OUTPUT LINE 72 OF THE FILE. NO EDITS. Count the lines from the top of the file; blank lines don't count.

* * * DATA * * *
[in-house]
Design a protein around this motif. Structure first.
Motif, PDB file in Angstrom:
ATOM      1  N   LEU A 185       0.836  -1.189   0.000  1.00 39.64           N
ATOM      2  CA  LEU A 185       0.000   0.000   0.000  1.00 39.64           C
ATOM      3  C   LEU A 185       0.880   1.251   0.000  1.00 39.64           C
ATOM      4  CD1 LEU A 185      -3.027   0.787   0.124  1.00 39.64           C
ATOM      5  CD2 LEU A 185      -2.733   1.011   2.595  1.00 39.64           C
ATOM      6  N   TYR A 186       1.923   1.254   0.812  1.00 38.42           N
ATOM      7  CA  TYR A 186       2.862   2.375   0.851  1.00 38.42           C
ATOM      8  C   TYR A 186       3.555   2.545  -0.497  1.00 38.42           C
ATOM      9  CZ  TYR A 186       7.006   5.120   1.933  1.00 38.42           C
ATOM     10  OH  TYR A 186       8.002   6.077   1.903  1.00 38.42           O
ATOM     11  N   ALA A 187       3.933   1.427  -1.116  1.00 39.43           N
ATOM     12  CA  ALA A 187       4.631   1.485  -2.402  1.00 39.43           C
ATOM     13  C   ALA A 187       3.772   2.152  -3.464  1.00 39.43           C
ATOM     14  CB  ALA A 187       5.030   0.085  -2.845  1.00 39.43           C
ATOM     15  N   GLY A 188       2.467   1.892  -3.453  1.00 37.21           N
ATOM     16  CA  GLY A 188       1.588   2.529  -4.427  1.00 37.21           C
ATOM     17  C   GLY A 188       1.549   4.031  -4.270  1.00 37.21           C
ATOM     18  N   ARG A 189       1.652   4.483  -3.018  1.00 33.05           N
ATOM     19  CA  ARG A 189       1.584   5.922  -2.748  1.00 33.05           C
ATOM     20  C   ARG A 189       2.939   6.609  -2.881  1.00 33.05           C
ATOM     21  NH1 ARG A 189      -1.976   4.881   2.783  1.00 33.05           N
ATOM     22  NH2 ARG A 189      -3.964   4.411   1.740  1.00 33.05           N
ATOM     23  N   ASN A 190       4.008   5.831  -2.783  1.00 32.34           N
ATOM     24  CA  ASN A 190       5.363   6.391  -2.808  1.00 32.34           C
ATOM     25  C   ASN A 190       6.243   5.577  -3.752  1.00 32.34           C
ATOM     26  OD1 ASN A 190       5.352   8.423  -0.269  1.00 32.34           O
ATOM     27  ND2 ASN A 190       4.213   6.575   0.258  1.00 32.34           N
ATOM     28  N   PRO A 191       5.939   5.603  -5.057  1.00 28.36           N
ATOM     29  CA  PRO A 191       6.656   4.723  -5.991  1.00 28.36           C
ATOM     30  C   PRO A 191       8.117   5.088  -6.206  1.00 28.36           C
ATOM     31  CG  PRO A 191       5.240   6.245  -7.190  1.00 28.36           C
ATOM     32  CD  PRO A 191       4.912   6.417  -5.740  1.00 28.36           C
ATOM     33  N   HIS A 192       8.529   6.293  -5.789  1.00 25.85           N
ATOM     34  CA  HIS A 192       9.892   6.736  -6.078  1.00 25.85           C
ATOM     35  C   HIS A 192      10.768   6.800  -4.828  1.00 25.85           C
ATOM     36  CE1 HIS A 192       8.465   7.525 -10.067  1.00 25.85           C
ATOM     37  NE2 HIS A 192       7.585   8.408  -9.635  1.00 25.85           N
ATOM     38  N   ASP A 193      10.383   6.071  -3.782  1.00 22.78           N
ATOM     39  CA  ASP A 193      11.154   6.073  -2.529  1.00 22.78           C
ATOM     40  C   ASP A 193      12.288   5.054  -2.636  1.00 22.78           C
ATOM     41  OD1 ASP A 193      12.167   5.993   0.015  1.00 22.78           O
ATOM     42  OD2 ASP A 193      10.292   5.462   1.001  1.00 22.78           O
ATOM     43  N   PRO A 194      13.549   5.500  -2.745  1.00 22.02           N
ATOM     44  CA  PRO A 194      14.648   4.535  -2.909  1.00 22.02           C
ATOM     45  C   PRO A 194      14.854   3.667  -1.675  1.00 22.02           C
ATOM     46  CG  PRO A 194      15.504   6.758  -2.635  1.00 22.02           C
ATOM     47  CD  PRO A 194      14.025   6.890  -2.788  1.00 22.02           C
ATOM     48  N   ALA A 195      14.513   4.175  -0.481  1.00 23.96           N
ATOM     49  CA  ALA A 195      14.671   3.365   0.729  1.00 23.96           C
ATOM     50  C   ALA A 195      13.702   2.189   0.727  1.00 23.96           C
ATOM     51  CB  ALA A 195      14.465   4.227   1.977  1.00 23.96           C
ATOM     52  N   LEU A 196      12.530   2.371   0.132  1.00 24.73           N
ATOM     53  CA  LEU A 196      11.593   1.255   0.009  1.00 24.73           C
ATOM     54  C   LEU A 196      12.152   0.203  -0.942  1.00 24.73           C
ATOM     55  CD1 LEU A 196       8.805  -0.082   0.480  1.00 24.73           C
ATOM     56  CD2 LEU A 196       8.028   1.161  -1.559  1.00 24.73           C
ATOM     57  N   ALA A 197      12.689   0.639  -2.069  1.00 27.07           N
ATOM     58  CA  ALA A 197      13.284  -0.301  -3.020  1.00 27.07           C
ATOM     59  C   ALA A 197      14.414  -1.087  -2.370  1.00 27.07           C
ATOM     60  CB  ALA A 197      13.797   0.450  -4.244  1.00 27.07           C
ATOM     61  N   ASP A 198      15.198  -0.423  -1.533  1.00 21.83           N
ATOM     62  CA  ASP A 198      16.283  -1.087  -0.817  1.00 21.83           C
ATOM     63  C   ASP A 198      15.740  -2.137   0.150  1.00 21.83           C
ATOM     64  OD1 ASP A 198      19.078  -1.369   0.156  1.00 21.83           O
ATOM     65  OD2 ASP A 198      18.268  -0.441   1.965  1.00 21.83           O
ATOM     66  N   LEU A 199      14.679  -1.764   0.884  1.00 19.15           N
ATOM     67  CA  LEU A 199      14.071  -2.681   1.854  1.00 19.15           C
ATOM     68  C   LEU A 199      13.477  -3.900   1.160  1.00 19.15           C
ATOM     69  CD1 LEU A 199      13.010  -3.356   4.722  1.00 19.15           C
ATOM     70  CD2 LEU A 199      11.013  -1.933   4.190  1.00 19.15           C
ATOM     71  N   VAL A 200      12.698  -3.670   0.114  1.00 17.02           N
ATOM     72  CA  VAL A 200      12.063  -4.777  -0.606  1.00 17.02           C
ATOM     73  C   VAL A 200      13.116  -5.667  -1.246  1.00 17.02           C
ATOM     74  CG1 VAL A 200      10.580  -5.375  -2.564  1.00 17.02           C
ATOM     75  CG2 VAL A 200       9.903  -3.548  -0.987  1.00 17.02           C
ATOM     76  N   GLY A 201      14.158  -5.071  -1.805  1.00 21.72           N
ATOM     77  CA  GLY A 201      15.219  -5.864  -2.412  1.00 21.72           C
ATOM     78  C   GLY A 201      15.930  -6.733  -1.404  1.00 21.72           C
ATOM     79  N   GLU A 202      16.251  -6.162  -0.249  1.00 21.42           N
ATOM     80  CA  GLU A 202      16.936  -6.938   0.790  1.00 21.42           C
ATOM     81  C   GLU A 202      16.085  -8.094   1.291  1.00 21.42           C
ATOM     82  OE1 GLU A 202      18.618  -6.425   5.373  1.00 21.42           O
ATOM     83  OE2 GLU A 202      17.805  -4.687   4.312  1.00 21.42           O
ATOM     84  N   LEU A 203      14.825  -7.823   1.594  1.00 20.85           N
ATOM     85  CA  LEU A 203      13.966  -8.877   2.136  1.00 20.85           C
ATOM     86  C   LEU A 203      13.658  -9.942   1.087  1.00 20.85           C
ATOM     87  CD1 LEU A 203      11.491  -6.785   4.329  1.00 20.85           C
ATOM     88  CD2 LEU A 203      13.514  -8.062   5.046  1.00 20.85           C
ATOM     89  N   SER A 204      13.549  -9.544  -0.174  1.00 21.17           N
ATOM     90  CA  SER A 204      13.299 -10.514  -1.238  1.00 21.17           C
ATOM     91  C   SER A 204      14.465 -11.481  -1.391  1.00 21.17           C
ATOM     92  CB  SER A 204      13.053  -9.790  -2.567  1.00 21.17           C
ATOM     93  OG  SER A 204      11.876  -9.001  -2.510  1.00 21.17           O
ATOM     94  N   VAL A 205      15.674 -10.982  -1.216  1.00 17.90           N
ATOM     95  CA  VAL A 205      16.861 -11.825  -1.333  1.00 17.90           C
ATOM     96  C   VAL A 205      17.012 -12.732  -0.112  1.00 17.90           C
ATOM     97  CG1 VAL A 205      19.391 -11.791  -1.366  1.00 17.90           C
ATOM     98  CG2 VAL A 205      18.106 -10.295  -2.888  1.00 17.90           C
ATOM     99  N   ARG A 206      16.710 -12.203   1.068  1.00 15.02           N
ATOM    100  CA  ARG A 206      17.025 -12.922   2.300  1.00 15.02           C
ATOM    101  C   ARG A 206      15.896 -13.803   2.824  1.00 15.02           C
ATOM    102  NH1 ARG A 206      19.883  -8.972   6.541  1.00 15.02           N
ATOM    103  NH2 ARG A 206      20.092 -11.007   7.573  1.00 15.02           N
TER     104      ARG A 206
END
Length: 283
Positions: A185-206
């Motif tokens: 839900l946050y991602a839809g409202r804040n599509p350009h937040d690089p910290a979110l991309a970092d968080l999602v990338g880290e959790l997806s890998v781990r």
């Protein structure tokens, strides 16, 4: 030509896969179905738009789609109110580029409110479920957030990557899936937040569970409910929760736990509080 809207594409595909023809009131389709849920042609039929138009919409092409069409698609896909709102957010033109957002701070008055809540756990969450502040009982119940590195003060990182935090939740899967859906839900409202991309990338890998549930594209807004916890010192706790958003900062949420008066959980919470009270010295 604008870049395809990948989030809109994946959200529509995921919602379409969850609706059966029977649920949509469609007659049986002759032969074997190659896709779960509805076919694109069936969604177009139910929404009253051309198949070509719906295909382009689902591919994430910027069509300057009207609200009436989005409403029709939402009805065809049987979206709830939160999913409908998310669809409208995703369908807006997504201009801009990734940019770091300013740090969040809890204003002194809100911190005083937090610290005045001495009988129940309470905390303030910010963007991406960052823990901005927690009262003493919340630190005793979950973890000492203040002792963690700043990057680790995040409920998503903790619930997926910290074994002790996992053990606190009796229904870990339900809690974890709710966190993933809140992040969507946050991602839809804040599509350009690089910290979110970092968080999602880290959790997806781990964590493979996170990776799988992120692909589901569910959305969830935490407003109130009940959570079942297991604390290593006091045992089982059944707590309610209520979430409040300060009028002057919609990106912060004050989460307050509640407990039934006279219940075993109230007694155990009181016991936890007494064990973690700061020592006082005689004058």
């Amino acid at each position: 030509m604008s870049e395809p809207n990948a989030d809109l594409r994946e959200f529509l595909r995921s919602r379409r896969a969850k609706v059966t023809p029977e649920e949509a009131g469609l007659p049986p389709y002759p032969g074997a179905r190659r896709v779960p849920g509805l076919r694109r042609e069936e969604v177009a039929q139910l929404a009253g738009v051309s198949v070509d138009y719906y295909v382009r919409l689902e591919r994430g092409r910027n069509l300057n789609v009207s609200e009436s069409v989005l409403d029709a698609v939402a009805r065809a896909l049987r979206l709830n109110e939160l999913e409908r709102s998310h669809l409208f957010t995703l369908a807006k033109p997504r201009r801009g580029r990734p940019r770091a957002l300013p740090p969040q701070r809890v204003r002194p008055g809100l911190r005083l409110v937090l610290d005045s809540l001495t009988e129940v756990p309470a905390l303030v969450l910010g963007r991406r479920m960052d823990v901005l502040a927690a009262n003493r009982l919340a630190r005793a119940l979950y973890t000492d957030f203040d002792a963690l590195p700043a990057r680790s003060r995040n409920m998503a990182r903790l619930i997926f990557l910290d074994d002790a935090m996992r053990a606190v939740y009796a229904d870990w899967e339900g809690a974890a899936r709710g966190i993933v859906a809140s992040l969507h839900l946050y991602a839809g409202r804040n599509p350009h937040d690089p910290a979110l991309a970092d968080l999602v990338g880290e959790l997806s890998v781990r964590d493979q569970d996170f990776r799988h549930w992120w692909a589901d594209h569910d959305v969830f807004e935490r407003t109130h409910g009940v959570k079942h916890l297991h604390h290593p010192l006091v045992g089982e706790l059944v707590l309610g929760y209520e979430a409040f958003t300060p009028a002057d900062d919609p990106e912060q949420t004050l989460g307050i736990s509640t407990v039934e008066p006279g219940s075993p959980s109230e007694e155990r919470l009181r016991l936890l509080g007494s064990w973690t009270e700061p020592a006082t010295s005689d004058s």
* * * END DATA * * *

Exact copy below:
ATOM     69  CD1 LEU A 199      13.010  -3.356   4.722  1.00 19.15           C